The Government must soon bring and enforce laws that all hotels and resorts, for them to retain their star-grades, must comply with accessibility standards and stipulated performances specifications that also incorporate safety features and thereby arrest overlooking this untapped growth market.
It is equally important, especially in the hotel industry, to obtain external expertise to audit, asses and evaluate existing facilities for compliance with standards and mandatory legal requirements
A disastrous process continues
However, it is disheartening to note the failure to establish, even after seven years, an overall mechanism for the effective enforcement and implementation of the accessibility regulations – even in respect of ongoing large-scale renovations at several reputed hotels and hospitals.
Empowered authorities continue to turn a blind eye in passing building plans and issuing certificate of conformity, disregarding the procedures approved unanimously by the parliament and, furthermore, blatantly violating the orders of the country’s apex court to go scot-free!
To optimise the results of development programs reaching everyone, ongoing constructions and renovations must ensure full participation of the public with ease in all daily activities, regardless of individuals’ degrees of ability.
Arresting the waste of human potential in mobilising this asset and minimising unwanted dependency through empowering people in affording chance, not charity, are prerequisites to achieve a formidable and sustainable national economy.
Even to optimise the results of development programs reaching everyone, facilities at buildings must be designed for full participation of the public with ease in all daily activities, regardless of individuals’ degrees of ability.
Amidst ongoing awareness programs, a copy of the circular MSS/7/8/ACC issued by the Ministry of Social Services on 4 October 2012 that was produced at the Supreme Court on 17 June last by the Deputy Solicitor General Sanjay Rajaratnam, no wonder, reveals: “Although a long time has passed since issuing accessibility regulations, still, public buildings are constructed and renovated without accessibility facilities. Furthermore, even existing buildings are not made accessible to the disabled.”
Still, absence of an overall mechanism for the effective enforcement and implementation of the accessibility regulations and the Supreme Court Orders of April 2011 including punitive repercussions for the violators is evident, causing a debacle of national importance.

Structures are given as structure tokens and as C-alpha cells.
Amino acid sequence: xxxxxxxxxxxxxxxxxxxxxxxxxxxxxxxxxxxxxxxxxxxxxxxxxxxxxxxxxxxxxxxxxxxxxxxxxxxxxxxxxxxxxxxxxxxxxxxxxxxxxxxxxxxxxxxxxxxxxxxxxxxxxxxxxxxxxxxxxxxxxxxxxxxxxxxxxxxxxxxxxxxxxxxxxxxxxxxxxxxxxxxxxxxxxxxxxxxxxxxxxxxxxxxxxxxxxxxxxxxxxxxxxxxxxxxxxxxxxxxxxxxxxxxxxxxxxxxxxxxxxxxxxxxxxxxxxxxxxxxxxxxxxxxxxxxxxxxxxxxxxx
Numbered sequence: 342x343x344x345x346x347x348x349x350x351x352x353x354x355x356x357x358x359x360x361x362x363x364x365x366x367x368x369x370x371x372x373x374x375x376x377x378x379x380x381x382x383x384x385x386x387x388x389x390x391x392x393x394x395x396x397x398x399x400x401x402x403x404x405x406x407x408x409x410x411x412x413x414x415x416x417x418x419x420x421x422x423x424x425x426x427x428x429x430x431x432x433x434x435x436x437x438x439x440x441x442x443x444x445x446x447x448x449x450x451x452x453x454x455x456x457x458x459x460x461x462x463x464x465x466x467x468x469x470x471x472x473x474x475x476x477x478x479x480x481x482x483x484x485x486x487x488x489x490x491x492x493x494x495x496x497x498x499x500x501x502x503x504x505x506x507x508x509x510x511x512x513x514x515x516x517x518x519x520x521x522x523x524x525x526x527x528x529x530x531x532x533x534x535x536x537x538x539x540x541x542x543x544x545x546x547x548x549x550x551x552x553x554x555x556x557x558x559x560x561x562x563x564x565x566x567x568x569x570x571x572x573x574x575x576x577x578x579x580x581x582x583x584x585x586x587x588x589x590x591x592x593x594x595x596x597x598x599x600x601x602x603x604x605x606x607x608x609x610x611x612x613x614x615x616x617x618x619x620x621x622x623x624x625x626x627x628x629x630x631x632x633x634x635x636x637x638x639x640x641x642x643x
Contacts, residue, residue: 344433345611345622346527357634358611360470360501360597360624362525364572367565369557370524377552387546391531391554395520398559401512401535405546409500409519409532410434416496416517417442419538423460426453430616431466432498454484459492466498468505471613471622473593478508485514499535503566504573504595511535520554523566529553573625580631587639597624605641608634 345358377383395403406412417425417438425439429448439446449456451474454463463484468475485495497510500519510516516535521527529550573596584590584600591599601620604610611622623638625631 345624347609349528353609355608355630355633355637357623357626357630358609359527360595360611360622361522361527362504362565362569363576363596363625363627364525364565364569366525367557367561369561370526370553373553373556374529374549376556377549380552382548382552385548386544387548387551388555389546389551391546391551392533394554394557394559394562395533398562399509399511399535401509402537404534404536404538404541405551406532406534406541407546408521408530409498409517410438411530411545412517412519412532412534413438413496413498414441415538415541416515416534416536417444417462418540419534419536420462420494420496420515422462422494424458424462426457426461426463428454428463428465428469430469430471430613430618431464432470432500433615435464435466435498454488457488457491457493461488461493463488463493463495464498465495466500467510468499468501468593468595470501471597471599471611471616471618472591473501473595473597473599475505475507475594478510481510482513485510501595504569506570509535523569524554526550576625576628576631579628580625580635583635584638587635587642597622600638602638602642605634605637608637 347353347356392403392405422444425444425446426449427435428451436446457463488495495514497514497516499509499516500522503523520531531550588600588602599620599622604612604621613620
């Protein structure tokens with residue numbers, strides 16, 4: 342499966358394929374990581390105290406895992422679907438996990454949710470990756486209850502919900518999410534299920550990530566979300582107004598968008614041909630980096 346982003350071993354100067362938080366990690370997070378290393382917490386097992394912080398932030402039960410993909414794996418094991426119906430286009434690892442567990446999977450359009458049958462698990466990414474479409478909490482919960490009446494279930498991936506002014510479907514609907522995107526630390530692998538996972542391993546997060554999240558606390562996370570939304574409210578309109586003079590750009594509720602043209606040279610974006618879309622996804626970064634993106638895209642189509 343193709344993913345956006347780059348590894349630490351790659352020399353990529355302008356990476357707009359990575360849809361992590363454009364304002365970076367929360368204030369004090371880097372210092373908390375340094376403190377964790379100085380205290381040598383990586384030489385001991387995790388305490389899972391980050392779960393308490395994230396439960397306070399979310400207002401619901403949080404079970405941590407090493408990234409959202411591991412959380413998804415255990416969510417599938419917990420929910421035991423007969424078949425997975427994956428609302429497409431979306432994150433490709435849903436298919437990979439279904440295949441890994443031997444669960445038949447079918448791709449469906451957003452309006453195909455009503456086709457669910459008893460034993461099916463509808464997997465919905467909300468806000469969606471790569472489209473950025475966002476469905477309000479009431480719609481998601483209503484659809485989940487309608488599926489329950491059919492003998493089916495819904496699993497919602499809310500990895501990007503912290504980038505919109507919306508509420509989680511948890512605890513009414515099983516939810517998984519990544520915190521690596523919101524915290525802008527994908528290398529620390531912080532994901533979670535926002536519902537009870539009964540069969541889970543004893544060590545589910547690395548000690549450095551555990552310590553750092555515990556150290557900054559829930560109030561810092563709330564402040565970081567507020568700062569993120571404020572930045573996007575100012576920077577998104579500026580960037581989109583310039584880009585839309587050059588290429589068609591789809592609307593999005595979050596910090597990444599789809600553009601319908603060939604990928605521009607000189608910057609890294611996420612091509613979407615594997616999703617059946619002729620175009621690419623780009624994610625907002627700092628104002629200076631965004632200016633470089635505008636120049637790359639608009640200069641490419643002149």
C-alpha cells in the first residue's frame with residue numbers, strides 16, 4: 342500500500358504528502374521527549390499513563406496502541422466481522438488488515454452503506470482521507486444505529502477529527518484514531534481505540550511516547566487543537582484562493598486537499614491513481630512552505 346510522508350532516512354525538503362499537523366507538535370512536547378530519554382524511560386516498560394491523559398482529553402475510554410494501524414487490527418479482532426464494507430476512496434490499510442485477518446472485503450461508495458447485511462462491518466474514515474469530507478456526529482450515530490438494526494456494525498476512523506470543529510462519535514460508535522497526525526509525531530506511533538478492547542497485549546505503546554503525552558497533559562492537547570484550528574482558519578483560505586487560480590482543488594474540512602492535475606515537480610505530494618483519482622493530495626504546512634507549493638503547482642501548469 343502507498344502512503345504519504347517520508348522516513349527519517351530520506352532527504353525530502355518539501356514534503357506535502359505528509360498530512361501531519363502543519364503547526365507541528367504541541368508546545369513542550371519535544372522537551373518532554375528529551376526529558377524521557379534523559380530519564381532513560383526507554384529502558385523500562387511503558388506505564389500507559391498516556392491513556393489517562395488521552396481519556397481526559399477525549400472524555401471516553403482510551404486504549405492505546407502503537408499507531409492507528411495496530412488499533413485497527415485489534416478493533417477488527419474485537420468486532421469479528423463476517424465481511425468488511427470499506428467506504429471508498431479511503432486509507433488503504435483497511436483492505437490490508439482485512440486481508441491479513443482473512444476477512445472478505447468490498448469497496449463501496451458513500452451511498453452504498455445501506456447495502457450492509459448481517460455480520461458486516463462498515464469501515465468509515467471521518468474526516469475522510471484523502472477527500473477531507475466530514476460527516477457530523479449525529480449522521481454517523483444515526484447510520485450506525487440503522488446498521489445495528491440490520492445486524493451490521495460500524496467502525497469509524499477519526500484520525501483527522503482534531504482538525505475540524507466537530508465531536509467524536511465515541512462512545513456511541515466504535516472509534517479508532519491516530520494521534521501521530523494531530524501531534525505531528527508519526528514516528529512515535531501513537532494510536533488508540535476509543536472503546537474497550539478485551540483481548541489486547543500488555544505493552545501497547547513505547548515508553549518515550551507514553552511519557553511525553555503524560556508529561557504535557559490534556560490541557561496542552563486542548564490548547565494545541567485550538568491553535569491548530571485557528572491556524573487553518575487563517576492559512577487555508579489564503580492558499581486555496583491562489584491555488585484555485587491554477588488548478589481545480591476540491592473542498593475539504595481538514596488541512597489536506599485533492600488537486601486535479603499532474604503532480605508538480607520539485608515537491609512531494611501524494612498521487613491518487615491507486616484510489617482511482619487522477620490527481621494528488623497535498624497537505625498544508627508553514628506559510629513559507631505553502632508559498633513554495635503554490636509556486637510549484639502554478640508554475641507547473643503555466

Furthermore, this circular highlights a second root cause. Although 75% of the buildings the public needs to use in daily life belong to the private sector and in spite of the laws clearly requiring consultation and measures with the private sector to promote the rights of the disabled, the Government and Ministries overlook this imperative necessity.
These critical shortcomings pose a serious threat to the national economy, as the country incurs substantial losses, economically, and socially.
Need to wake up from slumber
Plans are in place to make Sri Lanka the centre of excellence in tourism management and development in the region. For this to happen, inclusive facilities established rightly at hotels and resorts – especially toilets and bathing – are indispensable.
The Government’s policy, as the Vision 2010 page 192 states, aims to mobilise disabled persons, empower and integrate them into society as useful equal partners.
The ‘Mahinda Chinthana’ further states that accessibility is particularly important and that national and international standards and regulations applicable to fundamental social rights will be implemented as a matter of priority (page 19) in order to make Sri Lanka a truly disabled friendly country.
To prevent is less costly, far easier and much better than to cure. But it requires authorities in all fields, hospitality, health and education in particular, to wake up from slumber, identify priorities and work with added responsibility to the society we live.
However, designing for inclusion is a responsible task that requires specific practical experience and proven competence backed by several other essential skills to do this effectively without wasting precious resources and causing safety hazards. Businesses certainly need expert guidance as to how best to do this.